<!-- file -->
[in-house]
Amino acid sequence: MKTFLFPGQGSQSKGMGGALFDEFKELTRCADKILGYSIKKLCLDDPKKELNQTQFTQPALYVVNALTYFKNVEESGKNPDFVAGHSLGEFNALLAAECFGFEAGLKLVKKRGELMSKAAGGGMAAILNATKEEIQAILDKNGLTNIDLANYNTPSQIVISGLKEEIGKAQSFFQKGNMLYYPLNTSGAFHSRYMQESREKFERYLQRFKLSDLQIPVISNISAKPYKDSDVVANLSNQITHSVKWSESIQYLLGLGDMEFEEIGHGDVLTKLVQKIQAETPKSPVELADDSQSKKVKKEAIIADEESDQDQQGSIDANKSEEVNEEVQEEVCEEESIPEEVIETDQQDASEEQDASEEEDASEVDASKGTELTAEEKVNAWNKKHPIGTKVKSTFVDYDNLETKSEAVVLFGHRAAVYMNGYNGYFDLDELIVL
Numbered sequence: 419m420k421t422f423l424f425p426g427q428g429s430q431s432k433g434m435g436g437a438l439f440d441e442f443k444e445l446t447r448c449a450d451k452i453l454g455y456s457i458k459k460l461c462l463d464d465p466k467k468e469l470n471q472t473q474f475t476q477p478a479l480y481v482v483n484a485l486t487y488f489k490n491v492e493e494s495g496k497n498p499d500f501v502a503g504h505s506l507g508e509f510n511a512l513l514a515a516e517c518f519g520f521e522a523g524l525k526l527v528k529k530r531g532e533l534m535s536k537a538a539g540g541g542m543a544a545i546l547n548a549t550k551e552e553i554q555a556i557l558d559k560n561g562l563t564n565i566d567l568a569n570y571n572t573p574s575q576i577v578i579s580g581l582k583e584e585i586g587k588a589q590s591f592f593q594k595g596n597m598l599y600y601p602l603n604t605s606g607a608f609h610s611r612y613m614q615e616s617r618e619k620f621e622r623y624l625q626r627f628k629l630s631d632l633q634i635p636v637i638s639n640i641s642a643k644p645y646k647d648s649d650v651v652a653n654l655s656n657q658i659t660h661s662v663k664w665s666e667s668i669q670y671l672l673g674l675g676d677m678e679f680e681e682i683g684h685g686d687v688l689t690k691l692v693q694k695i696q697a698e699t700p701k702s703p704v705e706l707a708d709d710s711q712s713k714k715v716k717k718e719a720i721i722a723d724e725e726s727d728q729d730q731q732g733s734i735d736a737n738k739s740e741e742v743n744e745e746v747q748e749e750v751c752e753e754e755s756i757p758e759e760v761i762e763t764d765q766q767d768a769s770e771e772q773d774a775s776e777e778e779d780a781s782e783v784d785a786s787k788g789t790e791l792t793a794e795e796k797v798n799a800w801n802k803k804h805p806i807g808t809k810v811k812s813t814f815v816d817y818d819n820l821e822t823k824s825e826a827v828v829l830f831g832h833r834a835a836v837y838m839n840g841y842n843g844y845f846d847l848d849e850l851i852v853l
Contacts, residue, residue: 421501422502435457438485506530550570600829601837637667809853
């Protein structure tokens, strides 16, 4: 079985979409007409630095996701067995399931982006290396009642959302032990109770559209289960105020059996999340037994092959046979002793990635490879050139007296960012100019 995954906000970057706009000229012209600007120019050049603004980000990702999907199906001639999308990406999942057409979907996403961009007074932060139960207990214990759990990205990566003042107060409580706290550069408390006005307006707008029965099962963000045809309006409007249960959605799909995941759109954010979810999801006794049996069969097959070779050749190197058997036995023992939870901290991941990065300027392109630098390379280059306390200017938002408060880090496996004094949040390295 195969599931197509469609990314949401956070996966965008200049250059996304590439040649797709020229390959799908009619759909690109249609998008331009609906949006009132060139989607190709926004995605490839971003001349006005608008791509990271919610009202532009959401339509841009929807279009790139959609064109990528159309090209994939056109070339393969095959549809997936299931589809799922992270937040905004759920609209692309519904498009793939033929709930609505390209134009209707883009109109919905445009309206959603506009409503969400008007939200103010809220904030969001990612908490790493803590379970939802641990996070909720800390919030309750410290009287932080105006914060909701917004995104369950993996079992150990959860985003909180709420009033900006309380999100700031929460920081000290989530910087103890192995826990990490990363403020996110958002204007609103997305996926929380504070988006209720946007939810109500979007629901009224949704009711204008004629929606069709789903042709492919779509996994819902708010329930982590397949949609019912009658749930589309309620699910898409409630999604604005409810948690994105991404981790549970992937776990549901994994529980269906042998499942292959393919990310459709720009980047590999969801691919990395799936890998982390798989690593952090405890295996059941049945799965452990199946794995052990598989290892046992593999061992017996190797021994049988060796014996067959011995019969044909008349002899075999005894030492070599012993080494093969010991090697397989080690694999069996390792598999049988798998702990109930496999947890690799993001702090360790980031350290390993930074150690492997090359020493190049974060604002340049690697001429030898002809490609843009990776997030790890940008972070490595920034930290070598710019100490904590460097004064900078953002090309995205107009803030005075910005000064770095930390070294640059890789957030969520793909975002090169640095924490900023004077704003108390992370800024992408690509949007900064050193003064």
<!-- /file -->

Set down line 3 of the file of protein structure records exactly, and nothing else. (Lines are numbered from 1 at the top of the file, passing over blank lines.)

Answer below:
Numbered sequence: 419m420k421t422f423l424f425p426g427q428g429s430q431s432k433g434m435g436g437a438l439f440d441e442f443k444e445l446t447r448c449a450d451k452i453l454g455y456s457i458k459k460l461c462l463d464d465p466k467k468e469l470n471q472t473q474f475t476q477p478a479l480y481v482v483n484a485l486t487y488f489k490n491v492e493e494s495g496k497n498p499d500f501v502a503g504h505s506l507g508e509f510n511a512l513l514a515a516e517c518f519g520f521e522a523g524l525k526l527v528k529k530r531g532e533l534m535s536k537a538a539g540g541g542m543a544a545i546l547n548a549t550k551e552e553i554q555a556i557l558d559k560n561g562l563t564n565i566d567l568a569n570y571n572t573p574s575q576i577v578i579s580g581l582k583e584e585i586g587k588a589q590s591f592f593q594k595g596n597m598l599y600y601p602l603n604t605s606g607a608f609h610s611r612y613m614q615e616s617r618e619k620f621e622r623y624l625q626r627f628k629l630s631d632l633q634i635p636v637i638s639n640i641s642a643k644p645y646k647d648s649d650v651v652a653n654l655s656n657q658i659t660h661s662v663k664w665s666e667s668i669q670y671l672l673g674l675g676d677m678e679f680e681e682i683g684h685g686d687v688l689t690k691l692v693q694k695i696q697a698e699t700p701k702s703p704v705e706l707a708d709d710s711q712s713k714k715v716k717k718e719a720i721i722a723d724e725e726s727d728q729d730q731q732g733s734i735d736a737n738k739s740e741e742v743n744e745e746v747q748e749e750v751c752e753e754e755s756i757p758e759e760v761i762e763t764d765q766q767d768a769s770e771e772q773d774a775s776e777e778e779d780a781s782e783v784d785a786s787k788g789t790e791l792t793a794e795e796k797v798n799a800w801n802k803k804h805p806i807g808t809k810v811k812s813t814f815v816d817y818d819n820l821e822t823k824s825e826a827v828v829l830f831g832h833r834a835a836v837y838m839n840g841y842n843g844y845f846d847l848d849e850l851i852v853l